Endorsement faxed to ISC(2): Aug 15, 2011
ISC(2) acknowledged endorsement rcvd: Aug 15, 2011 (Same Day!)
ISC(2) awarded CISSP, notified by email: Sep 22, 2011 (38 days)
Cert received via snail mail: Oct 07, 2011 (15 days)

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Growing a Disk is *ALWAYS* a Bad Idea if You Have Snapshots

Never grow a disk if the machine has snapshots.  Even if the GUI lets you.

This morning I got a request to grow a virtual disk on a vm.  What you should do is look at the machine and see if it has any snapshots.  If it does, then you should delete them before attempting any disk grow operations.  In fact, what should happen is is if you try it, the GUI will give you an error stating that the “machine has snapshots, grow is not allowed”.  I was going too fast (and didn’t have enough coffee) and tried growing it with the machine on.  It failed.  I didn’t check for snapshots, I just turned the machine off.  Then I grew the disk.  It allowed me to do this.  (Really, the GUI should have refused to do this.)  This did *NOT* do what I expected…

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Be Careful When Putting an VMware ESX Host in Maintenance Mode With A vCLI Script

If your VMware ESX hosts are like our ESX hosts, the hosts are in clusters and you have Distributed Resource Scheduling (DRS) enabled.  So in the vCenter GUI, when you right click a host and select “Enter Maintenance Mode”, DRS evacuates all running virtual machines to other hosts in the cluster.

I’m learning more about scripting actions like this with the vSphere Command-Line Interface (vCLI).

Specifically, the book says that the vCLI command “vicfg-hostops –operation enter” (“Entering and Exiting Maintenance Mode with vicfg-hostops”, page 28) does exactly the same thing.  In fact that page in the manual says “If VMware DRS is in use, virtual machines that are running on a host that enters maintenance mode are migrated to another host automatically.”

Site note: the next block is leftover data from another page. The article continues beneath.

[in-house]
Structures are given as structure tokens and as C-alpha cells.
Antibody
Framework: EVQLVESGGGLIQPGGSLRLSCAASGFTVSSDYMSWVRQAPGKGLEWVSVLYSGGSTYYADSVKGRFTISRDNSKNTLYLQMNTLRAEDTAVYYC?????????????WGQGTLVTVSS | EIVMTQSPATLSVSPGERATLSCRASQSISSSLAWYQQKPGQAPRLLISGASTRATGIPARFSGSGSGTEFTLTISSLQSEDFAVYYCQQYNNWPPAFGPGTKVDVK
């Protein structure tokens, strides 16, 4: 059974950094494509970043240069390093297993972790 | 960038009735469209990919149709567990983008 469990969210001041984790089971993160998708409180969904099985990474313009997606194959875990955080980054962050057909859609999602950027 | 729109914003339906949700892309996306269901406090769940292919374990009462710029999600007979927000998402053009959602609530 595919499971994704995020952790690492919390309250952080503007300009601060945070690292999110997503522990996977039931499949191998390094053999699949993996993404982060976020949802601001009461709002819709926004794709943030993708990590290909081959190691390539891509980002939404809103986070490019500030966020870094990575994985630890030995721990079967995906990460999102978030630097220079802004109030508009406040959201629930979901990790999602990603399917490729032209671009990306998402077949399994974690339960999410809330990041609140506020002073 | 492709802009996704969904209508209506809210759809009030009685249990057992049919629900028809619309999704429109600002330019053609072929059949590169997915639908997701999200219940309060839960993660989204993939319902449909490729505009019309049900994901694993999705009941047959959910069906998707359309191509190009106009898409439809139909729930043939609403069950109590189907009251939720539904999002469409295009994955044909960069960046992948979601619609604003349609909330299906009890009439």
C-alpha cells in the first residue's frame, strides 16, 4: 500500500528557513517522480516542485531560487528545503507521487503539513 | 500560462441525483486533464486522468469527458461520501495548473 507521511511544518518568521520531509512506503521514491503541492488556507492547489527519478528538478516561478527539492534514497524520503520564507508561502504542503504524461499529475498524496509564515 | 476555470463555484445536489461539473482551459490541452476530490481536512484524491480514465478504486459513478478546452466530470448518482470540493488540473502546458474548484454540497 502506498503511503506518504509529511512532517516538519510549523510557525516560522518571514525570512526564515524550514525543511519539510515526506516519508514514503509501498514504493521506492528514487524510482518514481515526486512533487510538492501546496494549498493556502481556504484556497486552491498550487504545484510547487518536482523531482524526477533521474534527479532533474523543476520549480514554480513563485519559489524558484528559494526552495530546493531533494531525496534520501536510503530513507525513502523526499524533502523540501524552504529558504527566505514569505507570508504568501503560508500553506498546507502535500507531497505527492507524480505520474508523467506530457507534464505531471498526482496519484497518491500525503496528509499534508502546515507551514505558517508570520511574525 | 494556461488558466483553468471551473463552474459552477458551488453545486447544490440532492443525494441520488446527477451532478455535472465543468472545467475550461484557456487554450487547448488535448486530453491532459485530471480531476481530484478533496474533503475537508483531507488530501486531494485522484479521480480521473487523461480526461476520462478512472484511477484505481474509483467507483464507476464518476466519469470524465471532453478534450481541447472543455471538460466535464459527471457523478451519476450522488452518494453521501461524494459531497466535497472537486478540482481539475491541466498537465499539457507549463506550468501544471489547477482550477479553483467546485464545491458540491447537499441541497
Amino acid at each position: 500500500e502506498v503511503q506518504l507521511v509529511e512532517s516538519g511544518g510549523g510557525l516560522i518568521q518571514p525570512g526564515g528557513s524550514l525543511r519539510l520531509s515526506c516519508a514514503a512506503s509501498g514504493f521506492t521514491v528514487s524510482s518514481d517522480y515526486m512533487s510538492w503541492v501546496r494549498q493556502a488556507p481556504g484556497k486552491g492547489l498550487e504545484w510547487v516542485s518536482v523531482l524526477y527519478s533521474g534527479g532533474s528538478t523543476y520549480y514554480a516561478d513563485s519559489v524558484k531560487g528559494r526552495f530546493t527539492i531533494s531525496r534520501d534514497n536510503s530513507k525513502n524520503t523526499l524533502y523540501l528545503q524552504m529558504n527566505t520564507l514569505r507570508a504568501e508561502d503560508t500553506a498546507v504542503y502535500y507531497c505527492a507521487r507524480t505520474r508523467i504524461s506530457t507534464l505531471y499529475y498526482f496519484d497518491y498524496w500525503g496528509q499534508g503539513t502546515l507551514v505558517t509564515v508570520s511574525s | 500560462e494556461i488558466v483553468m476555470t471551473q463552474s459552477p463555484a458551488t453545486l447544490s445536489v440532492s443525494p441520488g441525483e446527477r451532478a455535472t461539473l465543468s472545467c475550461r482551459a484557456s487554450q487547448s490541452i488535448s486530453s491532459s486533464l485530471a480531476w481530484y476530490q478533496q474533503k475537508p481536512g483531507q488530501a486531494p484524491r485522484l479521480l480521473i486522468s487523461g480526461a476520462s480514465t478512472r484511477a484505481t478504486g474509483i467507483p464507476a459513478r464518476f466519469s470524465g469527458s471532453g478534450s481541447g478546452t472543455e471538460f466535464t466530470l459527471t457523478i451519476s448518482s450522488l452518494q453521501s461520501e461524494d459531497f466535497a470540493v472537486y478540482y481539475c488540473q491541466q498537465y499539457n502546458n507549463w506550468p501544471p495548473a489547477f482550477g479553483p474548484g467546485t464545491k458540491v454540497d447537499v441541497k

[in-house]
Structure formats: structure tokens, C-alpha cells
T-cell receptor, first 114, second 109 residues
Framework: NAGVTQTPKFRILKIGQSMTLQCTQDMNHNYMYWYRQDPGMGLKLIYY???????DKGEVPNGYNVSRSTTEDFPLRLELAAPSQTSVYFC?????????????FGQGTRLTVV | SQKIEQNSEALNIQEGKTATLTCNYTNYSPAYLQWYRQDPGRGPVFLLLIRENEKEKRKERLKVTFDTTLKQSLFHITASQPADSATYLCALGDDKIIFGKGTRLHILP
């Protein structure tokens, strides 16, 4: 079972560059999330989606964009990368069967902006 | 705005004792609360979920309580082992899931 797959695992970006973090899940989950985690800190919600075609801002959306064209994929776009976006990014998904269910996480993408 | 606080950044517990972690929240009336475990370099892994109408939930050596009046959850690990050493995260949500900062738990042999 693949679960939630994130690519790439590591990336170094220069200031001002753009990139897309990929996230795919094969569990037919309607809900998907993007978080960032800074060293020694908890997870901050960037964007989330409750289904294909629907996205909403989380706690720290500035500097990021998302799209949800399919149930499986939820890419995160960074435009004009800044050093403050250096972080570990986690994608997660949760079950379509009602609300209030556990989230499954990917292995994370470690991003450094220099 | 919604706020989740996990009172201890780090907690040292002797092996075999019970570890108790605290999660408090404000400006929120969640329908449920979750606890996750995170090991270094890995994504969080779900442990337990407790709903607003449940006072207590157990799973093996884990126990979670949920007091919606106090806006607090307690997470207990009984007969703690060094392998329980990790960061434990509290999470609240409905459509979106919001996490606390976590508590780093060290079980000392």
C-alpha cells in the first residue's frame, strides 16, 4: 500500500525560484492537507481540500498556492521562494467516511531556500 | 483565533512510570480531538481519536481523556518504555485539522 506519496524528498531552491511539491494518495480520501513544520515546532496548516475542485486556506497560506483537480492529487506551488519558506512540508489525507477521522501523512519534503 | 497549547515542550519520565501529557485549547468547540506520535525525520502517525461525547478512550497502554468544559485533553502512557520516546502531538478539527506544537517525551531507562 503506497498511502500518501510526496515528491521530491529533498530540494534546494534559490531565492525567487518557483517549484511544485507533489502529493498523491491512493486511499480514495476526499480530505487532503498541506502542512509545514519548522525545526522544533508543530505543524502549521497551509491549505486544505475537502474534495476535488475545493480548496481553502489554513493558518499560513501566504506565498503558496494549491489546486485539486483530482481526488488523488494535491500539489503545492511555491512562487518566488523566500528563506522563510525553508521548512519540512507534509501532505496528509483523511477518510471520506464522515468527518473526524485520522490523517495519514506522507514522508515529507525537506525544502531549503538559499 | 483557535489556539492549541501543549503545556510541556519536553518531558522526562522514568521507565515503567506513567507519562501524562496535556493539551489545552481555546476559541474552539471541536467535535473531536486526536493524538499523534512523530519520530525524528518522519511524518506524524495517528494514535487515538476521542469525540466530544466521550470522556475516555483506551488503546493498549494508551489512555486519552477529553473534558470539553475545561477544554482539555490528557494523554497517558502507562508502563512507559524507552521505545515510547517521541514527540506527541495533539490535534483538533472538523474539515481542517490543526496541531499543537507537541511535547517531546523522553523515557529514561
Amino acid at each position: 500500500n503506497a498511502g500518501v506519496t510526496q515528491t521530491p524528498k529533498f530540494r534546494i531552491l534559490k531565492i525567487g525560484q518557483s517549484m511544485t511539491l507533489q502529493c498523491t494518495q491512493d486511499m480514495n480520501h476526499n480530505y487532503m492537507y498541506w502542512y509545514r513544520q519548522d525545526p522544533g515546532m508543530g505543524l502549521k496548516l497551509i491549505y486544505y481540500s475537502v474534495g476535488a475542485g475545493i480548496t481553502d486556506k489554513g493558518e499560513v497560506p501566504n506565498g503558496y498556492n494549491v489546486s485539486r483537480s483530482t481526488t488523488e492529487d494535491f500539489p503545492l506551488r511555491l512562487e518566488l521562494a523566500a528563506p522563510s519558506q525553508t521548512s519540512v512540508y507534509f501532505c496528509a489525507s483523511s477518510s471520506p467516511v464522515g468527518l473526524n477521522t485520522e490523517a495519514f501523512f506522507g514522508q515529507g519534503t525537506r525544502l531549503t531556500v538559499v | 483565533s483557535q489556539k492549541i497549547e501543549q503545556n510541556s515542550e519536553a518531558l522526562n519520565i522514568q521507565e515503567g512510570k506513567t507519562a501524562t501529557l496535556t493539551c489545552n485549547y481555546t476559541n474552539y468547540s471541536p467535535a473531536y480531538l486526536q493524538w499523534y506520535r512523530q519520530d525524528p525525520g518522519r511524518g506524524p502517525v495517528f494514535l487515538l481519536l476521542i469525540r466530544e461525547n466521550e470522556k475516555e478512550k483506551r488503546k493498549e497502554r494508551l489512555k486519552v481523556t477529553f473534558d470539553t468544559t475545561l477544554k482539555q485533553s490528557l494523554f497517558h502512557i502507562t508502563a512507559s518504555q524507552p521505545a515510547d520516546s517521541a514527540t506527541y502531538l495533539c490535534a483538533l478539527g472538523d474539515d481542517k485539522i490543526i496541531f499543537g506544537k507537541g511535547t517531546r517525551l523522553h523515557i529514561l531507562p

This is *NOT* true.  When you run this command, runnings vm’s are SUSPENDED, not migrated.

As far as I can tell, I’m doing everything correctly.  Others have seen the same thing.

I’m not sure if it’s a “feature” or what, but be careful.  Telling a host to enter maintenance mode with a vCLI script may not migrate running machines.

(If it matters, I’m running ESX 4.1, Update 1.)

Replacing a Motherboard in a NetApp FAS 3140 Storage System

I’m located in a fairly rural area, far away from our friendly local NetApp service engineer.  I recently had some hardware issues with a FAS 3140 storage system.  After opening a ticket on NetApp’s support site, and trying various things to get it working, NetApp suggested that we replace the motherboard.  They gave me the option of doing it myself.  I like doing things like this, so I said sure.  Read more for a discussion of how it went…

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A Brief Overview of VMware vStorage API for Array Integration (VAAI) and Why You Should Care

VMware vSphere version 4.1 introduced various new features, including vStorage API for Array Integration (VAAI).  If you are using storage that supports VAAI (and most storage vendors are implementing it over time) then you can offload some storage intensive tasks to the storage array, and the ESX hosts are freed up to do other tasks.  What this means is that for certain kinds of tasks like making a new disk for a virtual machine (vm) that needs to be zeroed out, copying a vm, cloning a vm, etc., these operations will be much faster and the ESX hosts will be much less busy.